High-Deductible Plans ‘Quiet Revolution in Health Insurance’

BjbjLULU JEFFREY BROWN: Next, a growing changein the way Americans are buying and receiving health insurance. NewsHour health correspondent Betty Ann Bowserreports. BETTY ANN BOWSER: Dennis Adams is what theinsurance industry calls a young invincible. DENNIS ADAMS, professional dancer: I figurednothing would happen to me. When I was 26 or 25, when I got the plan originally,I had never had surgery, I had never broken a bone, I had never been in an ambulance,I had never been to the hospital. BETTY ANN BOWSER: So when the non-profit OberlinDance Company of San Francisco offered a new type of health insurance three years ago,the 27-year-old professional dancer didn't.

Think twice. He signed up right away. It was a high-deductible insurance plan thattraded lower monthly premiums for higher out-of-pocket costs to employees. In this case, Adams would have to pay $2,500up front before his health insurance would kick in, if he needed it. Then, the unthinkable. DENNIS ADAMS: I got hurt. BETTY ANN BOWSER: During a performance likethis, Adams tore his ACL.

When he need an MRI to determine how bad thedamage was, the provider demanded the $1,600 test be paid for up front. Adams was stunned, but, even worse, he didn'thave the money. Of the growing number of companies that aregoing to high-deductible plans, about 23 percent of them offer employees some type of rainy-dayoption, usually called a health savings account, or HSA. And even though the dance company is a non-profitwith a tight bottom line, it puts $100 a month in each employee's account. The 30 people on the plan can also contributeto it tax-free, and the money rolls over year.

After year and from job to job. In the end, workers comp paid for Adams' treatmentbecause the injury happened on the job. But for the young dancer, it was a teachablemoment. He went back to a traditional plan with highermonthly premiums. Dr. Drew Altman, president and CEO of theKaiser Family Foundation in Palo Alto, calls this a reshaping of the insurance market. DR. DREW ALTMAN, President and CEO, Kaiser FamilyFoundation: Well you know, I think we ve been so focused on health reform in Washington,what we have missed is there is a quiet revolution.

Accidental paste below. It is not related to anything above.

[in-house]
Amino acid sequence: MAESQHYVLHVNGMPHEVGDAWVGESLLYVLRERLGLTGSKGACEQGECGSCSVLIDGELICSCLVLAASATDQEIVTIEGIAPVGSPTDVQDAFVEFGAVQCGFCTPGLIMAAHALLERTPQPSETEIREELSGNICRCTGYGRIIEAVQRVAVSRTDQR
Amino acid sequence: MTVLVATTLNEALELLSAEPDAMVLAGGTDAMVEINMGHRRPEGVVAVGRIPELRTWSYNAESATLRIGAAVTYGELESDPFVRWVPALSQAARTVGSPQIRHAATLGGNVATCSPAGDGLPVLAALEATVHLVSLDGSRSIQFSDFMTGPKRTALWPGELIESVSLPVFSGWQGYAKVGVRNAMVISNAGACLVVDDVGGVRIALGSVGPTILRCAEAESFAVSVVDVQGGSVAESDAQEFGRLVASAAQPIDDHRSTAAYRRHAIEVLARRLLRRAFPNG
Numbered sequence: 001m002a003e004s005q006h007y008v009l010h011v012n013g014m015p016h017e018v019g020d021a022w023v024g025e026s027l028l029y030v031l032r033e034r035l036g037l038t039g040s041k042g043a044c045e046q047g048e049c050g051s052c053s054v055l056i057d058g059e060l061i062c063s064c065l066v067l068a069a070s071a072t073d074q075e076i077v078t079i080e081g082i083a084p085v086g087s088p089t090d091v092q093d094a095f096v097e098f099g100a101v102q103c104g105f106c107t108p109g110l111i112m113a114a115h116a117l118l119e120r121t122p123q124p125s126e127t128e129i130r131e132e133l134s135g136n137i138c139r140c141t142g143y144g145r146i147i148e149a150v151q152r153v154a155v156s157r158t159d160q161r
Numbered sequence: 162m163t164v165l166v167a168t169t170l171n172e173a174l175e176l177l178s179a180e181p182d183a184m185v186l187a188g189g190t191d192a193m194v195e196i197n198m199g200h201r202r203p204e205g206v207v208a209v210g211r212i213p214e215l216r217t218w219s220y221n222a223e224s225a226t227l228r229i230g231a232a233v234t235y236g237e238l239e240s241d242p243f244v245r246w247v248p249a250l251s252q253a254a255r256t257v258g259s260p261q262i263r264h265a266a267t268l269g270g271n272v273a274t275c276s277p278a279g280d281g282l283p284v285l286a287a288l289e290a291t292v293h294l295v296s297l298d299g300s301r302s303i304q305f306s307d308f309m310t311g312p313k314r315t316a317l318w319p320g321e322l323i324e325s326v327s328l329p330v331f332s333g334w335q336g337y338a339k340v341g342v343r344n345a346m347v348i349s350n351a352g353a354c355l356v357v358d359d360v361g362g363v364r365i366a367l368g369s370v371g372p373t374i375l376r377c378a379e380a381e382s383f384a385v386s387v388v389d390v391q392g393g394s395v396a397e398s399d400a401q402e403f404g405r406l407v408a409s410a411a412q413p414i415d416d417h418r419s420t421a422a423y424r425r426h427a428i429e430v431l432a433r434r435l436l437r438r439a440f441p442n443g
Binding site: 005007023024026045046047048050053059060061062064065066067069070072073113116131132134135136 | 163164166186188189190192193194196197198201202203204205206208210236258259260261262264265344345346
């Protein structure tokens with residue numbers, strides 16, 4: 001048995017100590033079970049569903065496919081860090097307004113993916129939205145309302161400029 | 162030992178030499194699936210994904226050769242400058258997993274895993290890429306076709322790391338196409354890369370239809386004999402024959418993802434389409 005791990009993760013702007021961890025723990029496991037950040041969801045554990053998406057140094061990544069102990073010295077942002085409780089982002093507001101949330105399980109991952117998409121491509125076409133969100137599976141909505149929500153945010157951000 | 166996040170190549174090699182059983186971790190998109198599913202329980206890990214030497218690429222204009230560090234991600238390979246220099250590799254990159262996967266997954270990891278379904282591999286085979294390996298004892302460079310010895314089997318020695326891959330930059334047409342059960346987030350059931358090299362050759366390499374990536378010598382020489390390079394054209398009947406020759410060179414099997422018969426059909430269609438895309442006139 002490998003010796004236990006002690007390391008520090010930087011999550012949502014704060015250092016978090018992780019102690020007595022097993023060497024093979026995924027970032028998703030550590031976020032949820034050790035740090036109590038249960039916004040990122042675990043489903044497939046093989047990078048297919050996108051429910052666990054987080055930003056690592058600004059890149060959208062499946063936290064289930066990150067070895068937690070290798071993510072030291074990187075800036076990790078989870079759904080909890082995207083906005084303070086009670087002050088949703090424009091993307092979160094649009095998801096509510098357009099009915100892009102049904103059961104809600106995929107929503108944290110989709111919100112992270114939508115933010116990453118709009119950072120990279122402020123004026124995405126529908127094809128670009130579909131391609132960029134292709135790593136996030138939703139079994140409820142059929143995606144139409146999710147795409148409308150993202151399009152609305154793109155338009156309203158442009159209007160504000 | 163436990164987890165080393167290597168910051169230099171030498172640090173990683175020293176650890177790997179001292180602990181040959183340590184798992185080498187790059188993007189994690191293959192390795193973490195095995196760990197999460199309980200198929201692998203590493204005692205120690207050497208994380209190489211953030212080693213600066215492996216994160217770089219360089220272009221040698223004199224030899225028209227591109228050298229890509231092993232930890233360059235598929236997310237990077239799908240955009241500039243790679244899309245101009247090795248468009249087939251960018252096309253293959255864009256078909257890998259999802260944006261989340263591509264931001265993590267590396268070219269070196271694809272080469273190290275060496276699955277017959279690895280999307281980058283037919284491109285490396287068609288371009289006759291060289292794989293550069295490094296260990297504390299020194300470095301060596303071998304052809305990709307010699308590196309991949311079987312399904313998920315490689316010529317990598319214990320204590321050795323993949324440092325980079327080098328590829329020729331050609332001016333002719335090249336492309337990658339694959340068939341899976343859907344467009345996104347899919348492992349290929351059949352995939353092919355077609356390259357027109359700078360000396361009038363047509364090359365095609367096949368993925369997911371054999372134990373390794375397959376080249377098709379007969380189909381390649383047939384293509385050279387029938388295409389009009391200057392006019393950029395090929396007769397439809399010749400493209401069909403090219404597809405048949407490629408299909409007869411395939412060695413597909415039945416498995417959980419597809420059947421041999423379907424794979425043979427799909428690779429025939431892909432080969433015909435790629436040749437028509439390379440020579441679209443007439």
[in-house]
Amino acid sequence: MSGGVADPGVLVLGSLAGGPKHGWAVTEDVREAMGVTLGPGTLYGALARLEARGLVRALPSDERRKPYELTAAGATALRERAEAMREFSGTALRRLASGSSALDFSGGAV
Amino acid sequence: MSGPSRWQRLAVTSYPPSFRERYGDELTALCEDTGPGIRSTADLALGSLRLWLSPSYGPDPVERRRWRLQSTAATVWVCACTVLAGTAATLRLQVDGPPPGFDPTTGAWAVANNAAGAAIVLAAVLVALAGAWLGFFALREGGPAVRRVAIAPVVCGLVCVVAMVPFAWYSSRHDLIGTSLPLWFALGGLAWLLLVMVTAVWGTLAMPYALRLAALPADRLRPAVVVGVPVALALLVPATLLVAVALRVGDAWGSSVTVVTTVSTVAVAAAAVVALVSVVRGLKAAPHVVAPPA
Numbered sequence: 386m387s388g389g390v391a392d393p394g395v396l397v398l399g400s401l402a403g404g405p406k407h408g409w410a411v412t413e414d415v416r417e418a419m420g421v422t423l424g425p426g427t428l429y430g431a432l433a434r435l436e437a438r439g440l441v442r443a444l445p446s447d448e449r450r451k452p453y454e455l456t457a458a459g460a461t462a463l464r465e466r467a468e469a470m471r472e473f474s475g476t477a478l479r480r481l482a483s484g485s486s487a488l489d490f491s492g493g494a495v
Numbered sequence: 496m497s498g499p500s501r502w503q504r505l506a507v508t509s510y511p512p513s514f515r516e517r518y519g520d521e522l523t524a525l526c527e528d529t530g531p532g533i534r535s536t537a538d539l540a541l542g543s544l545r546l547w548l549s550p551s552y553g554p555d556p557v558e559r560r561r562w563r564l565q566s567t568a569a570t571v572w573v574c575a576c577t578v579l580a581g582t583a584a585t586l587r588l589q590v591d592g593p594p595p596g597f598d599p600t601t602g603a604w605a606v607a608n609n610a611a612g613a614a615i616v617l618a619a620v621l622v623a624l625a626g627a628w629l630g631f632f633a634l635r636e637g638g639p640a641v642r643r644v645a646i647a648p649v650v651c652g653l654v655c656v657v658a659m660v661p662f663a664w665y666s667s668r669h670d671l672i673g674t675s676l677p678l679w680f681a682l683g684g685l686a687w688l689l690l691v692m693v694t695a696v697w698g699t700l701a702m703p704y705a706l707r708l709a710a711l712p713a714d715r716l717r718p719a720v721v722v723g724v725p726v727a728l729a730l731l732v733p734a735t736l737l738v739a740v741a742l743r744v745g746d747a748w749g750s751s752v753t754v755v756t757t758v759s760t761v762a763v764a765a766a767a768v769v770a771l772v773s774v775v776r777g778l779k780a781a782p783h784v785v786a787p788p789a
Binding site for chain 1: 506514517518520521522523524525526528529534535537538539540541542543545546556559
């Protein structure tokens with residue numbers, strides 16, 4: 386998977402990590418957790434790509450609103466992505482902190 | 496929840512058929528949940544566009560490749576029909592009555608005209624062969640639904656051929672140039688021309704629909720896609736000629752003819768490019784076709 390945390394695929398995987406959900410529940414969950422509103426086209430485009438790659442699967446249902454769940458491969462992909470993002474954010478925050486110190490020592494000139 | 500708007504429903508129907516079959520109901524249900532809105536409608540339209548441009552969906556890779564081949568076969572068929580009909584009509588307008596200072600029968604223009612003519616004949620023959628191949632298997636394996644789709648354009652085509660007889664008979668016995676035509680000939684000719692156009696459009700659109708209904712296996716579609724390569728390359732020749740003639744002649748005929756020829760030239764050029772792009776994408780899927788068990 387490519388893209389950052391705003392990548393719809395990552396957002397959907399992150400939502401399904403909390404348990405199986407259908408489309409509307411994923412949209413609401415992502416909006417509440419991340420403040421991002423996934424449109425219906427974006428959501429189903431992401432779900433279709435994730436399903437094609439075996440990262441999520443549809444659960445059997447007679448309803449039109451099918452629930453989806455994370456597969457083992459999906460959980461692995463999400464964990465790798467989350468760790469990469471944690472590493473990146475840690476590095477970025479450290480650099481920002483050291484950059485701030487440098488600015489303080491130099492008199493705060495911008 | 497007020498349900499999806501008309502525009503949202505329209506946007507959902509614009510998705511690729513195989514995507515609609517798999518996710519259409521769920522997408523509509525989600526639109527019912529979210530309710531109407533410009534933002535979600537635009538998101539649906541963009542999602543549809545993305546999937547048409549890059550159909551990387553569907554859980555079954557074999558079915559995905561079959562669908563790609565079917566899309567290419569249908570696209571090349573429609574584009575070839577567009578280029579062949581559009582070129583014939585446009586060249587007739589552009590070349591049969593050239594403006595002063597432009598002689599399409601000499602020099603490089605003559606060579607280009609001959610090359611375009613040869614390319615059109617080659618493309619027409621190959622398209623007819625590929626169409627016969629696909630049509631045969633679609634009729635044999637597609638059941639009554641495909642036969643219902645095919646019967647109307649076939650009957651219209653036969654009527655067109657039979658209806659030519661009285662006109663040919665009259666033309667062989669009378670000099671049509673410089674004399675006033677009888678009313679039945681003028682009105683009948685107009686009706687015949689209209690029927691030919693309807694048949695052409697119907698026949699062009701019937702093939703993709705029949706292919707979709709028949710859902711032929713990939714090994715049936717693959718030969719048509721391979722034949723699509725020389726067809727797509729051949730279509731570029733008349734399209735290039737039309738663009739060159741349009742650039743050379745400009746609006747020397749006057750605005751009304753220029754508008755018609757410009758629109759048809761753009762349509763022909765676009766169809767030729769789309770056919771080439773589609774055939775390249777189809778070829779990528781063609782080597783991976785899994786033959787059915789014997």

Happening in health insurance out in the country. BETTY ANN BOWSER: According to Kaiser, lastyear, 31 percent of workers covered by their employers offered this type of insurance,with a deductible of at least $1,000. Enrollment has tripled, up from 10 percent,in five years. DR. DREW ALTMAN: They don't have a lot of weaponsto throw at their rising health care costs any longer, so they have really no choicebut to go in this direction, especially the smaller employers, who are getting hit especiallyhard by rising health care costs. So, we re seeing this quiet revolution inwhat health insurance really is.

It's changing in the country and it has bigimplications for people. PHIL LEBHERZ, founder and chairman, LISI:The logic is that, if you have a higher deductible, as a consumer, you're going to pay more attentionto the marketplace and how much people are charging you for their services. BETTY ANN BOWSER: Phil Lebherz is the founderand chairman of LISI, an agency that provides support for health insurance brokers throughoutCalifornia. About a third of his employees are on thesetypes of plans. And, Lebherz says, their rise in their popularitycomes down to economics. PHIL LEBHERZ: This move to high-deductiblesis really, at the bottom line, an economic.